SCOTS drinkers can exceed the maximum weekly recommended alcohol intake for less than £5, a leading health professional has warned.
NHS Highland’s director of public health Dr Hugo van Woerden claims the problem of alcohol abuse in the region was “extremely worrying” particularly with easy access to cheap booze.
And he adds that alcohol is now 60 per cent more affordable that it was 35 years ago.
He will next week produce his annual report to the authority’s board outlining his fears.
However, he claims to be taking a “balanced approach” to the subject of alcohol in the report.
Dr van Woerden says he recognises that alcohol consumption is a “normal part of a healthy society” and that there are positive associations between controlled alcohol intake and some conditions, such as cardiovascular disease.
But he highlighted the “significant burden of harm” associated with excessive alcohol intake.
In advance of presenting his report to the board, Dr van Woerden said that, while there were still some positive trends, the problem of alcohol abuse in Highland remained “extremely worrying”.
He points out that alcohol is now 60 per cent more affordable in the UK than it was in 1980, and that it’s possible in Scotland for people to exceed the maximum weekly recommended alcohol intake for less than £5.
Among other facts contained in the report are:
• Across the Highlands, 9.4 per cent of men and 7.2 per cent of women are classed as problem drinkers.
• There has been a rise in alcohol intake by women aged 16-24.
• Children as young as three can recognise the smell associated with alcoholic drinks.
In Scotland in 2010, 321 of the 409 alcohol-related deaths were women.
Dr van Woerden said: “We still have a major problem across NHS Highland in that 40 per cent of the population regularly drink more than the recommended limit.”
And his report will reveal: “Over the five-year period 2009 to 2013, there were on average 80 deaths per year from alcohol related conditions amongst the population of NHS Highland.”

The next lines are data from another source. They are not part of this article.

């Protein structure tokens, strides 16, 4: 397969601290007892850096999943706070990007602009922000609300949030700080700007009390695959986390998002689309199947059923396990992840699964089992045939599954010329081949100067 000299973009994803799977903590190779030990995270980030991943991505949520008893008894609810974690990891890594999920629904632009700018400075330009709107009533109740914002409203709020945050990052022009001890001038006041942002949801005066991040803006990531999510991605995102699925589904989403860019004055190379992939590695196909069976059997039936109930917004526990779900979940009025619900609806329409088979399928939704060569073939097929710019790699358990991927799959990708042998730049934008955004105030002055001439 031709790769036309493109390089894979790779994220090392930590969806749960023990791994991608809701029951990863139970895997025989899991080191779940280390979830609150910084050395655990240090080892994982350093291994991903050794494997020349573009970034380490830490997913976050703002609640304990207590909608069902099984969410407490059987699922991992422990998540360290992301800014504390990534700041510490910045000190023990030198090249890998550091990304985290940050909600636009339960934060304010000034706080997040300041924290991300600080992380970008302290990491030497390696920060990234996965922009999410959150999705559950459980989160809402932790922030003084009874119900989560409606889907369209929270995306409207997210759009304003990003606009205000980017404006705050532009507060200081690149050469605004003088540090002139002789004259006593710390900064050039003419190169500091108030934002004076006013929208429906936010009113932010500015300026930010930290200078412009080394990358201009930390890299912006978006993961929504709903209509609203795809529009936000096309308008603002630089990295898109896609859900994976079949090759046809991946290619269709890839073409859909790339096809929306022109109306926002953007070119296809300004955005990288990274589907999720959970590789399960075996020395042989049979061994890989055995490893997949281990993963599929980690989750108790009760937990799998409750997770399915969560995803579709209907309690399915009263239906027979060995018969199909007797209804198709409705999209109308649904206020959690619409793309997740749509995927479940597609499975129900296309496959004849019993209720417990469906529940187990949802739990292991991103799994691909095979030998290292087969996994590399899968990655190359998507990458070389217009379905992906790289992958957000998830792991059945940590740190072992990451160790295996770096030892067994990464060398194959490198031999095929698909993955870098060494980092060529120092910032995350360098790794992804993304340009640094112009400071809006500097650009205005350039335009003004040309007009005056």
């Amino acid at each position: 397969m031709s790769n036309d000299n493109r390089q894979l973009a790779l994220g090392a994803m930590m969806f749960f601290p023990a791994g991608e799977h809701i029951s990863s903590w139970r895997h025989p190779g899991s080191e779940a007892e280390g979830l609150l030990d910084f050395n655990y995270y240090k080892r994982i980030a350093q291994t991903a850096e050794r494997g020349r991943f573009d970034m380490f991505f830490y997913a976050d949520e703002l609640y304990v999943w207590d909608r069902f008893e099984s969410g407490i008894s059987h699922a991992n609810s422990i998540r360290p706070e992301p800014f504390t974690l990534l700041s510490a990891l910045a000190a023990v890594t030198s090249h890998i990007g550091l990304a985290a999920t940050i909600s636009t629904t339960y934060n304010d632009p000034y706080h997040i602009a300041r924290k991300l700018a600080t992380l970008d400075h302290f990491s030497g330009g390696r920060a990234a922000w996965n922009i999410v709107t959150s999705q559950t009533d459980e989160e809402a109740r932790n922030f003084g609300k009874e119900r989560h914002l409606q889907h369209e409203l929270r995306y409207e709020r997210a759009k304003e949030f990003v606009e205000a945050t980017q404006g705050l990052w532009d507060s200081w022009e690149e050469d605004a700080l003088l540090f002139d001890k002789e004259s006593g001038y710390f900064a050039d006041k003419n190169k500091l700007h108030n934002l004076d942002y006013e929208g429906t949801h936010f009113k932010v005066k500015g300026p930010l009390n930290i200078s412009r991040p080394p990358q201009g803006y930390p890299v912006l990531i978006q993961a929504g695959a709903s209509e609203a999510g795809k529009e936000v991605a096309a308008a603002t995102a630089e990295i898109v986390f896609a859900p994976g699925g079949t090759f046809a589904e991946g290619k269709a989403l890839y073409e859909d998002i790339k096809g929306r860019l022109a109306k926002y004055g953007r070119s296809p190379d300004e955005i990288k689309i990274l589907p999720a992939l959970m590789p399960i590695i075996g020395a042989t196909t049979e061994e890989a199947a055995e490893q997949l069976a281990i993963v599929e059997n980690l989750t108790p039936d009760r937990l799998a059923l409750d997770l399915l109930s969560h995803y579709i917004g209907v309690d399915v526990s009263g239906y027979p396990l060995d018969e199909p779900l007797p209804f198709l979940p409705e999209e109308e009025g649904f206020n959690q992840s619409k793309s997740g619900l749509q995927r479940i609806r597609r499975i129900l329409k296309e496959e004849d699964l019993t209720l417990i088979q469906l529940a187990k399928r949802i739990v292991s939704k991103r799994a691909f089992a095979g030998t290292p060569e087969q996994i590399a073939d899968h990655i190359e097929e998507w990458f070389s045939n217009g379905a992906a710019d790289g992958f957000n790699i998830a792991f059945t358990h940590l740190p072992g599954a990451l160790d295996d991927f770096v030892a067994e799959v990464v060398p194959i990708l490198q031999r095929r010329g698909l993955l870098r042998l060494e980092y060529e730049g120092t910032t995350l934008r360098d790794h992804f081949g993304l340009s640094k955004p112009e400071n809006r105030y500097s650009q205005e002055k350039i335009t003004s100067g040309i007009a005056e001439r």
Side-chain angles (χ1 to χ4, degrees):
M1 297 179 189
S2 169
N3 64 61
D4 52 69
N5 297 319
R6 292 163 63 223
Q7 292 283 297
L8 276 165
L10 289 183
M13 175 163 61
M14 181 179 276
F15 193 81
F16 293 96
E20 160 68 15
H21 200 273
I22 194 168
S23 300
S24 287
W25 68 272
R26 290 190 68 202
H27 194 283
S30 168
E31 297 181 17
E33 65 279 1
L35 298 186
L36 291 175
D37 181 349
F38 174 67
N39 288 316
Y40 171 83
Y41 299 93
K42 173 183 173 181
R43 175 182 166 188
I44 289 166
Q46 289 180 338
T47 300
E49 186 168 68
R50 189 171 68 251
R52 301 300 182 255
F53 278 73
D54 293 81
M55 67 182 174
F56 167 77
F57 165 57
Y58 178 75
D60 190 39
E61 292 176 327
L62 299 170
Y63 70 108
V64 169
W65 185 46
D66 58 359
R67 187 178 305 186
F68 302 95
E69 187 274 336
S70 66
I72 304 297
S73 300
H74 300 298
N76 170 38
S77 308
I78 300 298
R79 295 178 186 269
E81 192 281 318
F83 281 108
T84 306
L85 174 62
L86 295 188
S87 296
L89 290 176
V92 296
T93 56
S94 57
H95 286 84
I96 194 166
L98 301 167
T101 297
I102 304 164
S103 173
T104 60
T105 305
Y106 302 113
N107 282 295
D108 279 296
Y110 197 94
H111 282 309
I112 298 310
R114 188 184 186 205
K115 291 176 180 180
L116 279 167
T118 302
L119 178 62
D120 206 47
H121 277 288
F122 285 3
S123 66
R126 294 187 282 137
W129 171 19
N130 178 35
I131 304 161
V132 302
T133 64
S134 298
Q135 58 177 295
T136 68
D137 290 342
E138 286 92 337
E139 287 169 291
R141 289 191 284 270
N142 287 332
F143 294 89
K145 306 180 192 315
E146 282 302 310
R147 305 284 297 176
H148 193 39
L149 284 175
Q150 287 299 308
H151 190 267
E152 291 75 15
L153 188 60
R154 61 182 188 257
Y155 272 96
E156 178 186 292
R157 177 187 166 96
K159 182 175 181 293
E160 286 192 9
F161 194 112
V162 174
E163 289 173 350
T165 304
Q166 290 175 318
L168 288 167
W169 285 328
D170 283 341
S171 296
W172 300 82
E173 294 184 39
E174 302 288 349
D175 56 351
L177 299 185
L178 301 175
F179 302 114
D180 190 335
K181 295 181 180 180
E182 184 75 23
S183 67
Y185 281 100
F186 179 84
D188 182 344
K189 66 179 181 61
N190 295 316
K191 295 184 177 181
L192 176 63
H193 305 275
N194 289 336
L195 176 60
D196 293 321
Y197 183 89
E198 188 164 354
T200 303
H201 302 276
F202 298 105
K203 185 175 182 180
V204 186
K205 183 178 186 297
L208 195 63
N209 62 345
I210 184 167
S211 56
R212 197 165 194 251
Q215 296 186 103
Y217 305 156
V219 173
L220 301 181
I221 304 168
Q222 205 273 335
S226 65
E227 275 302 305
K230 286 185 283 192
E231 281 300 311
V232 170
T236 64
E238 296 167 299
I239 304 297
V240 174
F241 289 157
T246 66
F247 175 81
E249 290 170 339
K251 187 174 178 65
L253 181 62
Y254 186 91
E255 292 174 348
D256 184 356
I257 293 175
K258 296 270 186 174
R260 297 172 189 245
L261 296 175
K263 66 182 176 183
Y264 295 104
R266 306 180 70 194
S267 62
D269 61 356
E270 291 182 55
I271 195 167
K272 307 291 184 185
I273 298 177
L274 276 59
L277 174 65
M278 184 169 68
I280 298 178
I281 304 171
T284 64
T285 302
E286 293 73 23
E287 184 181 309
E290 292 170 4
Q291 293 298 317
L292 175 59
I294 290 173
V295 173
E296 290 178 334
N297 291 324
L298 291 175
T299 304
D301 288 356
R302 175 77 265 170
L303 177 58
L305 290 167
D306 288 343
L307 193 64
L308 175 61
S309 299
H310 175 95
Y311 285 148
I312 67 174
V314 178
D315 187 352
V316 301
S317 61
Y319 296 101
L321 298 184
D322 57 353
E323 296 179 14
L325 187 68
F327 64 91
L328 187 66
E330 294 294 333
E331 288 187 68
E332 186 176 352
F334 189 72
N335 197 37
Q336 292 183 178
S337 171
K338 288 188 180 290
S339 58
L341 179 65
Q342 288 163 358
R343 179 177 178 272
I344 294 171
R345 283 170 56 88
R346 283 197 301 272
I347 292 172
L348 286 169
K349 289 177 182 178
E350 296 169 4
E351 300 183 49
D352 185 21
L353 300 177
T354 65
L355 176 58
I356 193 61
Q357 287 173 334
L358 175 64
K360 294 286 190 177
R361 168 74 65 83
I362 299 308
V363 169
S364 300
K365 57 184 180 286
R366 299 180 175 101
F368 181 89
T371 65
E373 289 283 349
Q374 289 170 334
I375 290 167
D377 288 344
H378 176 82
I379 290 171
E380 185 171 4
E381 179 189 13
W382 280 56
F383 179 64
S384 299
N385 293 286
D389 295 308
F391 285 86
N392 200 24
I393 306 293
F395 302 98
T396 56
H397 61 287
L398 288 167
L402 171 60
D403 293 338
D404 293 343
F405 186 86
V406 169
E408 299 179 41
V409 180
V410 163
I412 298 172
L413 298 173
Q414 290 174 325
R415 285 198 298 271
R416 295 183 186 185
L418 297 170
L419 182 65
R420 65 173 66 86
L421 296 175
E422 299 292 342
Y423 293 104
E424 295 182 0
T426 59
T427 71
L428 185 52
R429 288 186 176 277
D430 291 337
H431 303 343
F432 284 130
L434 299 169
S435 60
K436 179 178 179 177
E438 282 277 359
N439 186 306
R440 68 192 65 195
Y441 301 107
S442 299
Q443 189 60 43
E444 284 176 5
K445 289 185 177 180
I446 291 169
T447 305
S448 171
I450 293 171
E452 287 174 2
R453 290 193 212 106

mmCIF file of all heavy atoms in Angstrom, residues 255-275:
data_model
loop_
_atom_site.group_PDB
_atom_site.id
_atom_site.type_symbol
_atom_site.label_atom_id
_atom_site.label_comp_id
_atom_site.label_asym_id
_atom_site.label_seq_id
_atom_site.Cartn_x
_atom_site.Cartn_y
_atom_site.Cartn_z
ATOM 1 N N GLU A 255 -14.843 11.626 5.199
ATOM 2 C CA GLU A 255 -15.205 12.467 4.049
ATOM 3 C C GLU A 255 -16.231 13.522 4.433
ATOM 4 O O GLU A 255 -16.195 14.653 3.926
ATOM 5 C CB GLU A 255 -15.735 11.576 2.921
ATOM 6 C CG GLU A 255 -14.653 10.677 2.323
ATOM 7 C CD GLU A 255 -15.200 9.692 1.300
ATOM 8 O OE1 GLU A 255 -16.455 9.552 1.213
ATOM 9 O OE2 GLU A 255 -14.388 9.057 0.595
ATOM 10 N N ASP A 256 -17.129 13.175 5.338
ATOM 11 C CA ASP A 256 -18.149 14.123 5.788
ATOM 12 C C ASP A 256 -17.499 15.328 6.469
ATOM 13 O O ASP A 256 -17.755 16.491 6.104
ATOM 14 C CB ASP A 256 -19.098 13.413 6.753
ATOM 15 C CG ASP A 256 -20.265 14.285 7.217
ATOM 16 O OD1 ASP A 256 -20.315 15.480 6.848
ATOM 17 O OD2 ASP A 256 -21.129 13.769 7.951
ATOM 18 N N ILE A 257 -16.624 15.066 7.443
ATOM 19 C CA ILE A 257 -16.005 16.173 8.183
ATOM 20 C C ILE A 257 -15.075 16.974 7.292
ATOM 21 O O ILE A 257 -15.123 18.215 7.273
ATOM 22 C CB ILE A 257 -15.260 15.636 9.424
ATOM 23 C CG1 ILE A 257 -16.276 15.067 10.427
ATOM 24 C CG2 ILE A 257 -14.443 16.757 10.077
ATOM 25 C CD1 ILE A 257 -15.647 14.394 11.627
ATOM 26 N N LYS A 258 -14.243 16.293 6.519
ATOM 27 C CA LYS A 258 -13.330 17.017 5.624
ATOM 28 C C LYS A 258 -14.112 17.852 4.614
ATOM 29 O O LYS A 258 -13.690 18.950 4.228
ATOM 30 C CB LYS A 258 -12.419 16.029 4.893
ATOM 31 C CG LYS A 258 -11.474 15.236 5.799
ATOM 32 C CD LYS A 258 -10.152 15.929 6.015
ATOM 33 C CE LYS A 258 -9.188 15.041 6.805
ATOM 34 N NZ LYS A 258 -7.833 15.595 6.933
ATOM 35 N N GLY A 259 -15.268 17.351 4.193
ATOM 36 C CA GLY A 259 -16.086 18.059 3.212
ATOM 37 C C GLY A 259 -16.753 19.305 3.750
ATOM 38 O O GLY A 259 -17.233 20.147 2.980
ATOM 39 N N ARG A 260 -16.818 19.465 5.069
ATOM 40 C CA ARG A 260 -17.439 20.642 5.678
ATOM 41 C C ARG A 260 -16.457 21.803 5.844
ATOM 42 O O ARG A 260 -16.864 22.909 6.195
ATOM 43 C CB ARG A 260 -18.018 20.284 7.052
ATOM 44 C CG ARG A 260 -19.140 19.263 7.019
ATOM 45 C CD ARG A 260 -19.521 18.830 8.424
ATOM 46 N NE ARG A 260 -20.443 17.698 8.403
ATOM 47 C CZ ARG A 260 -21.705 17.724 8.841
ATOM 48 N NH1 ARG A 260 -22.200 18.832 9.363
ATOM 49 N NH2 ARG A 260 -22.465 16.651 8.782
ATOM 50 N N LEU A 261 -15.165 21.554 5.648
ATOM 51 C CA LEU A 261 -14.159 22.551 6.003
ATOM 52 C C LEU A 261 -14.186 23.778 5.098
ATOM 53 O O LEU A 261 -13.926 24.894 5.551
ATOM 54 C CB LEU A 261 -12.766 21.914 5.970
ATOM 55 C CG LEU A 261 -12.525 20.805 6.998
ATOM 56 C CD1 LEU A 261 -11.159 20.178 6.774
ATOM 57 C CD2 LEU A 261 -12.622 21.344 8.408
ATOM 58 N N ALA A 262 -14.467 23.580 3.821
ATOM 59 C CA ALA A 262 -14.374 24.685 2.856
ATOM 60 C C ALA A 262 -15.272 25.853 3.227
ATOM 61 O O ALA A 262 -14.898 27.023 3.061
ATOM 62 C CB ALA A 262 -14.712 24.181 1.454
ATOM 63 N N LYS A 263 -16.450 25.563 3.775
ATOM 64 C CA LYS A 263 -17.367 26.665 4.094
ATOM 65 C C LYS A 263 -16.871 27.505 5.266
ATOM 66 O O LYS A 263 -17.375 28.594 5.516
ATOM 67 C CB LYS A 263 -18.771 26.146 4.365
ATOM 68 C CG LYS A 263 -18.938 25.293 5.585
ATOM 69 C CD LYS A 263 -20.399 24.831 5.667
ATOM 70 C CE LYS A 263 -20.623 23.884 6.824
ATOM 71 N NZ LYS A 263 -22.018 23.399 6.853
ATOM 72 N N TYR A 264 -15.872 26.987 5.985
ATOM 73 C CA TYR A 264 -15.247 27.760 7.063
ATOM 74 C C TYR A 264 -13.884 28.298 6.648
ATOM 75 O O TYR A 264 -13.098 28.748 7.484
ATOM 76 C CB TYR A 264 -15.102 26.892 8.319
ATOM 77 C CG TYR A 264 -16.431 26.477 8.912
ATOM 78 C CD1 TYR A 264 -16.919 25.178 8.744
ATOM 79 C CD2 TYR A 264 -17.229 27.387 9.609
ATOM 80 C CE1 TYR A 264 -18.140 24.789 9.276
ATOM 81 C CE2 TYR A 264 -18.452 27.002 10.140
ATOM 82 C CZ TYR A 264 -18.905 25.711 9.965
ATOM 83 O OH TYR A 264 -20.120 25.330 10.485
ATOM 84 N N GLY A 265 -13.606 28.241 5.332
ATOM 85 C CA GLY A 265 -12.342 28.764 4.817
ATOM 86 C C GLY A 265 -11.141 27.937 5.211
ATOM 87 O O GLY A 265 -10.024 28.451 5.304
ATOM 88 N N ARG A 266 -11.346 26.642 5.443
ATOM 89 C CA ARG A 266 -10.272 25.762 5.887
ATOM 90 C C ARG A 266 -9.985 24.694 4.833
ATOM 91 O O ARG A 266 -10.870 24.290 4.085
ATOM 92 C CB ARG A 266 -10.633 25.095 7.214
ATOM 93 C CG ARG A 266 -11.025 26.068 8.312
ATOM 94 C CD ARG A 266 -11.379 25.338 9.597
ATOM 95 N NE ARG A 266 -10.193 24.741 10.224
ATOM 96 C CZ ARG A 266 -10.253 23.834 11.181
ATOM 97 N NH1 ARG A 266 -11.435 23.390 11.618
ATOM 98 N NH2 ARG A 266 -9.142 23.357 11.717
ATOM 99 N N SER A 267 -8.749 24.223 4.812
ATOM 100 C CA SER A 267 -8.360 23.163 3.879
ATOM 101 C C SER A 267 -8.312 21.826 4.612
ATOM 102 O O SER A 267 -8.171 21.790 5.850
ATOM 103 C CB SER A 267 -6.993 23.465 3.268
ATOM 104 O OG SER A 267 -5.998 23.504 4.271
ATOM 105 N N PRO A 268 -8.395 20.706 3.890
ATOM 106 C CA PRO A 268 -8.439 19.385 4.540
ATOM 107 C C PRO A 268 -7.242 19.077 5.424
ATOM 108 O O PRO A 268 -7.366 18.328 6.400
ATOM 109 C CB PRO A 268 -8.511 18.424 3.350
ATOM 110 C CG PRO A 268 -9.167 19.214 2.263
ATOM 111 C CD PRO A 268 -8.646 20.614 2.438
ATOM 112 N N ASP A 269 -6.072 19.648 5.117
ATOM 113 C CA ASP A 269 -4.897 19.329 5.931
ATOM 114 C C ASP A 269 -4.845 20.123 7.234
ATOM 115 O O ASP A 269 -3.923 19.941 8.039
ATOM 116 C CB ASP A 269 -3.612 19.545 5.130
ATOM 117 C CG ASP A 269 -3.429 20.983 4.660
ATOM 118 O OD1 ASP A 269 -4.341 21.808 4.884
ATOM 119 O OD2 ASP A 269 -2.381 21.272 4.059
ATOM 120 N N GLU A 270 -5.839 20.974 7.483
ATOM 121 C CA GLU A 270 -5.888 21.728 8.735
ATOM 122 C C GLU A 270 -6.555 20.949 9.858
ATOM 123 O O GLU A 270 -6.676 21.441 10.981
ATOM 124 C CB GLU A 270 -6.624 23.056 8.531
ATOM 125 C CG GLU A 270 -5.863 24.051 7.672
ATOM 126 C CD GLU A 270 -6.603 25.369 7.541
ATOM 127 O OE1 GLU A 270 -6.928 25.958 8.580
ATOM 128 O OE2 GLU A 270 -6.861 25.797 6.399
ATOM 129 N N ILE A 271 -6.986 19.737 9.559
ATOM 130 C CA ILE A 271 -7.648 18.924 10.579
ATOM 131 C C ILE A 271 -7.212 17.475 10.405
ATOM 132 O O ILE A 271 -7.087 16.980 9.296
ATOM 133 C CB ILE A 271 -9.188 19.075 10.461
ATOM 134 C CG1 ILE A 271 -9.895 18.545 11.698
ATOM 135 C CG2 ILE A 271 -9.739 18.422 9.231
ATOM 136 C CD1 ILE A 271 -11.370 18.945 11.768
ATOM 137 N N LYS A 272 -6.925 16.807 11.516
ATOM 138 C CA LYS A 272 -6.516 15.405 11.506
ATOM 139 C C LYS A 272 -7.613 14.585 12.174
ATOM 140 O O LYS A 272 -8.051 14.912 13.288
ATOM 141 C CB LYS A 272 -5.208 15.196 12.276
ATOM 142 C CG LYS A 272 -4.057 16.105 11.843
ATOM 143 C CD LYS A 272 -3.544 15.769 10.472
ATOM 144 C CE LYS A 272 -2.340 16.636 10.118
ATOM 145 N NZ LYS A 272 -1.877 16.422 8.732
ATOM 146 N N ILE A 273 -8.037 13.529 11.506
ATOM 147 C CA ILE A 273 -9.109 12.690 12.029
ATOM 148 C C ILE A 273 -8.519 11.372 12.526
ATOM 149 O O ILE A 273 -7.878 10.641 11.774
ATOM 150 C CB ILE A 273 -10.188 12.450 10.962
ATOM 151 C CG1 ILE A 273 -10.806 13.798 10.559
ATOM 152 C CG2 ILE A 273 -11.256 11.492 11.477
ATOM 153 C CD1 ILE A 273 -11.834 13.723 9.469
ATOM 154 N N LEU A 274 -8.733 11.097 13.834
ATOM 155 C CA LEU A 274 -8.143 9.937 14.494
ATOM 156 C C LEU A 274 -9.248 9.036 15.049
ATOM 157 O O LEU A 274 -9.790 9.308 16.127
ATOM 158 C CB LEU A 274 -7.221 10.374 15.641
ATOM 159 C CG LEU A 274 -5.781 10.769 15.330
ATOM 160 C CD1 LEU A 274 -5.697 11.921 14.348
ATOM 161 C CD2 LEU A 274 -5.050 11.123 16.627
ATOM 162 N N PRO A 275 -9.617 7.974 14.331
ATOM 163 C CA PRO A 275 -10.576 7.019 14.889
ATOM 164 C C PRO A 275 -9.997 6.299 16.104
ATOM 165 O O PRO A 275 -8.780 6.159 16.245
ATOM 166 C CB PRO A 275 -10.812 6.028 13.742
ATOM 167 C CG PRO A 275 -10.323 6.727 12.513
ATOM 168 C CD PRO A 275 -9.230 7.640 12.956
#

In 2013/14, his report will also show, there were around six hospital stays per day among the population of NHS Highland’s area due to the affects of alcohol.
Dr van Woerden’s report will graphically make a number of recommendations and aspirations, such as several relating to prevention and recovery.
It will also cover alcohol as it relates to children and young people, and the role of the NHS and the public, private, voluntary and third sectors.
Dr van Woerden will also consider the role of industry and the business sector in a section which touches on the issue of minimum pricing.
The director also uses his report to “strongly recommend” the use of mobile phone apps that support peo-ple to develop and maintain healthy drinking habits.
It is recommended that men should drink no more than 21 units of alcohol per week, no more than four units in any one day, and have at least two alcohol-free days a week.
Women, meanwhile, are recommended that they should drink no more than 14 units of alcohol per week, no more than three units in any one day, and have at least two alcohol-free days a week.
Some superstrength ciders in two litre bottles can be bought for less than £5.